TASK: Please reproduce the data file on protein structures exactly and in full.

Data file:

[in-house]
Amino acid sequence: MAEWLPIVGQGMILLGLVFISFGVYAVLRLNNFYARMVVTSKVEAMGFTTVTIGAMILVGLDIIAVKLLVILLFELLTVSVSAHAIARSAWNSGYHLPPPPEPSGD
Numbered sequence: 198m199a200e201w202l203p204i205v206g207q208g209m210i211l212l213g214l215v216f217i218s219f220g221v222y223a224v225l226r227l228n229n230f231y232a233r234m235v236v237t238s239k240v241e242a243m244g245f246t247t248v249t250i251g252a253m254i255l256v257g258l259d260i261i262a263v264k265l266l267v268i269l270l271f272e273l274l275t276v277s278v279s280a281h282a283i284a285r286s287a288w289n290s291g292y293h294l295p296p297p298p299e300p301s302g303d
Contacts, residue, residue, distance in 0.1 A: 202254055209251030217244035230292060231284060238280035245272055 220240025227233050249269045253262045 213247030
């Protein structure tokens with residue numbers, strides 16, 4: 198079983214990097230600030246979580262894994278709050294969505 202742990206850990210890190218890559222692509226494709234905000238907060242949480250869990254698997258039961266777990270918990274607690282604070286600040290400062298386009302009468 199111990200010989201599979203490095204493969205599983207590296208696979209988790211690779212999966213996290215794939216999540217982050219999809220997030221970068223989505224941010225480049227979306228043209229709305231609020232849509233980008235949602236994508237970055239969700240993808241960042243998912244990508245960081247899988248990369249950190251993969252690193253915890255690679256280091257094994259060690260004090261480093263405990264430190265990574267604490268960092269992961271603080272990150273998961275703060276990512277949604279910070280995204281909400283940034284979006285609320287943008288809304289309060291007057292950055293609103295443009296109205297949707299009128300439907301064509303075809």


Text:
[in-house]
Amino acid sequence: MAEWLPIVGQGMILLGLVFISFGVYAVLRLNNFYARMVVTSKVEAMGFTTVTIGAMILVGLDIIAVKLLVILLFELLTVSVSAHAIARSAWNSGYHLPPPPEPSGD
Numbered sequence: 198m199a200e201w202l203p204i205v206g207q208g209m210i211l212l213g214l215v216f217i218s219f220g221v222y223a224v225l226r227l228n229n230f231y232a233r234m235v236v237t238s239k240v241e242a243m244g245f246t247t248v249t250i251g252a253m254i255l256v257g258l259d260i261i262a263v264k265l266l267v268i269l270l271f272e273l274l275t276v277s278v279s280a281h282a283i284a285r286s287a288w289n290s291g292y293h294l295p296p297p298p299e300p301s302g303d
Contacts, residue, residue, distance in 0.1 A: 202254055209251030217244035230292060231284060238280035245272055 220240025227233050249269045253262045 213247030
């Protein structure tokens with residue numbers, strides 16, 4: 198079983214990097230600030246979580262894994278709050294969505 202742990206850990210890190218890559222692509226494709234905000238907060242949480250869990254698997258039961266777990270918990274607690282604070286600040290400062298386009302009468 199111990200010989201599979203490095204493969205599983207590296208696979209988790211690779212999966213996290215794939216999540217982050219999809220997030221970068223989505224941010225480049227979306228043209229709305231609020232849509233980008235949602236994508237970055239969700240993808241960042243998912244990508245960081247899988248990369249950190251993969252690193253915890255690679256280091257094994259060690260004090261480093263405990264430190265990574267604490268960092269992961271603080272990150273998961275703060276990512277949604279910070280995204281909400283940034284979006285609320287943008288809304289309060291007057292950055293609103295443009296109205297949707299009128300439907301064509303075809």